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The Saint Anselm Crier

The student news site of Saint Anselm College

The Saint Anselm Crier

Sir Gawain public reading connects participants to medieval past

Prof. Henley stands beside a green sash-wearing knight statue to open the event.
Courtesy/Riley Buchanan
Prof. Henley stands beside a green sash-wearing knight statue to open the event.

The Grappone Humanities Institute hosted a drop-in, collaborative reading of the medieval English poem “Sir Gawain and the Green Knight” on Feb. 16. The event was organized by Professors Georgia Henley (English) and Allie Locking (History). Henley described the poem as “one of the most beautifully written pieces of literature from medieval Britain that is at the same time fairly straightforward for modern readers to connect to.”

“Sir Gawain and the Green Knight” tells the story of Sir Gawain, a knight of King Arthur’s court who accepts a challenge from a Green Knight on New Year’s. Gawain beheads the Green Knight (who survives and rides away on his green horse) but then must honor the bargain and allow the Green Knight to return the blow one year later. Prof. Bouchard, Executive Director of the Grappone Humanities Institute, brought a small knight statue with a green sash to the event to represent the poem’s chivalrous hero.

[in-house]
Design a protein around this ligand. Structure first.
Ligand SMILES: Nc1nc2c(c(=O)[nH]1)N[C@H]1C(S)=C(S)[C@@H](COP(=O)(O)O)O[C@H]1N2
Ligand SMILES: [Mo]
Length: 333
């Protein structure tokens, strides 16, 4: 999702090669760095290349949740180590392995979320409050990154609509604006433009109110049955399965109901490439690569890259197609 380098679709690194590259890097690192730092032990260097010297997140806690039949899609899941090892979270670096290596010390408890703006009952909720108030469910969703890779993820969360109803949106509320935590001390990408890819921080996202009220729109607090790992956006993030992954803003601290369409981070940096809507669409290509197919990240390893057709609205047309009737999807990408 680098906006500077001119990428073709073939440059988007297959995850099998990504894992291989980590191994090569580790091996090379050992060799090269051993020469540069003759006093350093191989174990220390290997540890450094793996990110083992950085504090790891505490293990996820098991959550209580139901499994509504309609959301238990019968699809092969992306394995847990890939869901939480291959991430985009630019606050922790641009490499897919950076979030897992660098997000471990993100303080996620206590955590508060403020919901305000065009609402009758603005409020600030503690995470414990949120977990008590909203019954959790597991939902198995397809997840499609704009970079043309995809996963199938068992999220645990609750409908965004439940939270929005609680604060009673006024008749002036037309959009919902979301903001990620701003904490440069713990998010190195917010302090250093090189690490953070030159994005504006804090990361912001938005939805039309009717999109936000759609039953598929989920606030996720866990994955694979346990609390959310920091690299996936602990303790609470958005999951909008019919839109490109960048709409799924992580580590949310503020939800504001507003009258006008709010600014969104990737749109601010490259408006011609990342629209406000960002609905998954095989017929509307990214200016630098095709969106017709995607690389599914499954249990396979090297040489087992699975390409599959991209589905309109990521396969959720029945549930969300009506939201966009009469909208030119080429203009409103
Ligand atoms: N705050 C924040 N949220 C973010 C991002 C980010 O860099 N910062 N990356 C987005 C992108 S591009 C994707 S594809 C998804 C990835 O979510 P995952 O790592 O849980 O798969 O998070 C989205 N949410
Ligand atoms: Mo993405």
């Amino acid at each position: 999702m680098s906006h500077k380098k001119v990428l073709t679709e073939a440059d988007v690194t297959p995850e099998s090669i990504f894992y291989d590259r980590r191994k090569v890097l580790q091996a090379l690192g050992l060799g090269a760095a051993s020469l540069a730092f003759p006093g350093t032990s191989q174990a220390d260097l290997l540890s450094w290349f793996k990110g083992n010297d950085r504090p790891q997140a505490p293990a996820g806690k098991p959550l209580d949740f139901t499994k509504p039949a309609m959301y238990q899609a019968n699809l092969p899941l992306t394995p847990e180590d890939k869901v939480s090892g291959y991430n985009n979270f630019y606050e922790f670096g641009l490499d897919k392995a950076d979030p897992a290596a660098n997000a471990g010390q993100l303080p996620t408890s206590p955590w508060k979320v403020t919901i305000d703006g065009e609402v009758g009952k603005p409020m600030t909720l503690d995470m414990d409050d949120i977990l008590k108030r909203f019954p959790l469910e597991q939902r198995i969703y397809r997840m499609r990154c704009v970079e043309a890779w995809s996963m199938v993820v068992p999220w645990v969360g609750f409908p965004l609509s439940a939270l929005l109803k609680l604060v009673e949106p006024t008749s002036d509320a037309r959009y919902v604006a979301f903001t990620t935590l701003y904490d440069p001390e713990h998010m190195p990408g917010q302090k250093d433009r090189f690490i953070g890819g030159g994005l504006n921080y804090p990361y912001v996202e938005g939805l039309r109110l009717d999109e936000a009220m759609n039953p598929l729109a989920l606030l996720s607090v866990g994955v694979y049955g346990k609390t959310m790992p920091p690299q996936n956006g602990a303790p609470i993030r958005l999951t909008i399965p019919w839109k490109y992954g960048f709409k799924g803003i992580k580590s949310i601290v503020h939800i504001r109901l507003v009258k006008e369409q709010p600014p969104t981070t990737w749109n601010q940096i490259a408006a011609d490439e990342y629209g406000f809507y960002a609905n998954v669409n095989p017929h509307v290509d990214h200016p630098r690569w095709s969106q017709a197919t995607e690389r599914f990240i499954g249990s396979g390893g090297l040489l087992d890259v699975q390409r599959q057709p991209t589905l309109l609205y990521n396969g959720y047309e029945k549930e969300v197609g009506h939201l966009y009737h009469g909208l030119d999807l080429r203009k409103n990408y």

The public reading lasted for about two and a half hours, running from about 1:30-3:00pm. Professor Henley read the first and last stanzas aloud in the midland dialect of Middle English, and attendees volunteered to read the rest of the poem’s 101 stanzas in turn. Multiple different translations of the text were read from, including translations from J.R.R. Tolkien and Brian Stone, and students were encouraged to follow along in their own books.

Prof. Henley described “Sir Gawain and the Green Knight” as “a story of virtues, cowardice, and moral courage that takes place in King Arthur’s kingdom.” Prof. Bouchard said, “It’s one of the most wonderful, intricately wrought poems in the English language, full of spectacle, adventure, humor, and moral instruction woven into every stanza.” Riley Buchanan ’24 said that the event “opened [her] heart to the beauty of Gawain,” and added that she has “a new appreciation for the color green.”  

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The Humanities Institute hopes to turn a collaborative reading of the poem into an annual event. Bouchard said that “The Humanities institute will welcome” the annual event around this time of year, since “It makes even mid-Winter feel green.” Prof. Henley observed that hearing this story “read aloud in community makes us feel connected to the medieval past.” Prof. Bouchard called it “the best beheading ever!”

A knight wearing a green sash was in attendance. (Courtesy/)

 

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